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COVID vaccination especially important for dialysis patients

Clinical Journal of the American Society of Nephrology
Reuters Health -  01/06/2022 - A large observational study from the U.K. highlights the importance of COVID-19 vaccination for patients with kidney failure on hemodialysis.

Vaccinated hemodialysis patients who catch COVID are less apt to suffer severe COVID-19 than unvaccinated counterparts, the analysis found.

"COVID-19 continues to be common in patients on dialysis, causing hospital admissions and death, but fortunately it is milder with two doses of the vaccine," Dr. Debasish Banerjee of St. George's University Hospitals NHS Foundation Trust, in London, said in a news release.

The researchers studied 1,323 SARS-CoV-2-positive hemodialysis patients of different ethnicities (30% Asian/other, 38% Black and 32% white), of whom 79% were unvaccinated, 7% had had their first-dose of vaccine and 190 14% had had two doses of SARS-CoV-2 vaccine.

Most patients had a mild course of COVID-19, but 515 (39%) were hospitalized and 172 (13%) died.

Factors significantly associated with greater COVID-19 severity were older age, diabetes and immune suppression.

In regression models adjusted for age, comorbidity and time period, patients who had two doses of vaccine had a 75% lower risk of hospital admission and an 88% lower risk of dying, compared with unvaccinated peers.

"This suggests a substantial clinical benefit from vaccination in a population that is particularly vulnerable. Some efficacy was seen after a single dose, underlining the importance of early vaccination in vulnerable groups," the study team writes in the Clinical Journal of the American Society of Nephrology.

Additionally, there was no loss of protection against COVID-19 in patients older than 65 years, or with increasing time since vaccination, and no difference between the Pfizer-BioNTech vaccine and the AstraZeneca vaccine.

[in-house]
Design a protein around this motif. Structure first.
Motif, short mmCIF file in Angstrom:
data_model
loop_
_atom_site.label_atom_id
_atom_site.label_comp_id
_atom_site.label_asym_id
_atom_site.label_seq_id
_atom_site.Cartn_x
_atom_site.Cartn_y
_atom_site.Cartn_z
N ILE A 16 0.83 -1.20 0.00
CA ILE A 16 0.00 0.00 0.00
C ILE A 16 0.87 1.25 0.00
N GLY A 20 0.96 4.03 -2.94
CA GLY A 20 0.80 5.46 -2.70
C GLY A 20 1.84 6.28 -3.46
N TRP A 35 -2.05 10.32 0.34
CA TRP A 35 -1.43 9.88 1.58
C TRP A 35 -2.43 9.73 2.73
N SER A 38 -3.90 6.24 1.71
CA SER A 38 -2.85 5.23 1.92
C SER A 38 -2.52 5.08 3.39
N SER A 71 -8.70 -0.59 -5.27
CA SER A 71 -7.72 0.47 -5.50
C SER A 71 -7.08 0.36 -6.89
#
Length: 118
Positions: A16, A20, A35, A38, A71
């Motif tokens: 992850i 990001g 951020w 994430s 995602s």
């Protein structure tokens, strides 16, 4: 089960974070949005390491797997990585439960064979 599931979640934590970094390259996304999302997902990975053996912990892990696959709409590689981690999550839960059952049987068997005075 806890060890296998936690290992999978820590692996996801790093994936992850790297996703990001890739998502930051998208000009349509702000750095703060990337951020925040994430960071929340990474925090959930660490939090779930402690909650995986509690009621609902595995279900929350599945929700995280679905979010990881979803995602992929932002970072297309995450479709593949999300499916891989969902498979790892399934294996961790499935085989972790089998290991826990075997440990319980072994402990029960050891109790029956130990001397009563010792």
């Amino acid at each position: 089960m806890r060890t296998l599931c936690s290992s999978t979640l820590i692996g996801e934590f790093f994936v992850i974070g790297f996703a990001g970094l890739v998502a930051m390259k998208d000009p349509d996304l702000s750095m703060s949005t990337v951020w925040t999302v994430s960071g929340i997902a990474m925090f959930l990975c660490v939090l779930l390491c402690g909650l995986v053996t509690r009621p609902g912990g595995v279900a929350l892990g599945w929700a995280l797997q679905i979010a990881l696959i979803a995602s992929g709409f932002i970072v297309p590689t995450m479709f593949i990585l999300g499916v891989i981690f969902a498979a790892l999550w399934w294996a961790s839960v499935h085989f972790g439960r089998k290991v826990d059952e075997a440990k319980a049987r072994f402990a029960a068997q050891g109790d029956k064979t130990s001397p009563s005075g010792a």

The authors of a linked editorial note that currently available vaccine-efficacy studies show that COVID-19 vaccines provide "moderate protection against contracting SARS-CoV-2 infection, but the vaccine efficacy for preventing severe outcomes is clinically more important for patients on dialysis because their risk of these events is high."

"Although these encouraging results prove the vaccine efficacy of COVID-19 vaccines for patients on dialysis, there is still much work to be done," write Dr. Matthew Oliver and Dr. Peter Blake with the Ontario Rental Network, Toronto, Canada.

"The COVID-19 pandemic required the chronic kidney disease (CKD) community to react quickly and offer vaccination to patients without high-level evidence of benefit, and this was clearly justified. However, we must look back and carefully evaluate the clinical effect of these decisions," they say.

"The SARS-CoV-2 virus continues to mutate, serology studies show waning, and third and fourth doses of vaccine have been administered to patients. New research is required to determine the VE of COVID-19 vaccines in these new scenarios, including in earlier stages of CKD," the editorialists add.

The study had no funding. Dr. Banerjee has received research funding from AstraZeneca, the British Heart Foundation, ESR AstraZeneca, and Kidney Research UK; and honoraria from AstraZeneca, Pfizer, and Viforpharma.

SOURCE: https://bit.ly/38WhYkH and https://bit.ly/3x3lOAe Clinical Journal of the American Society of Nephrology, online June 1, 2022.

By Reuters Staff

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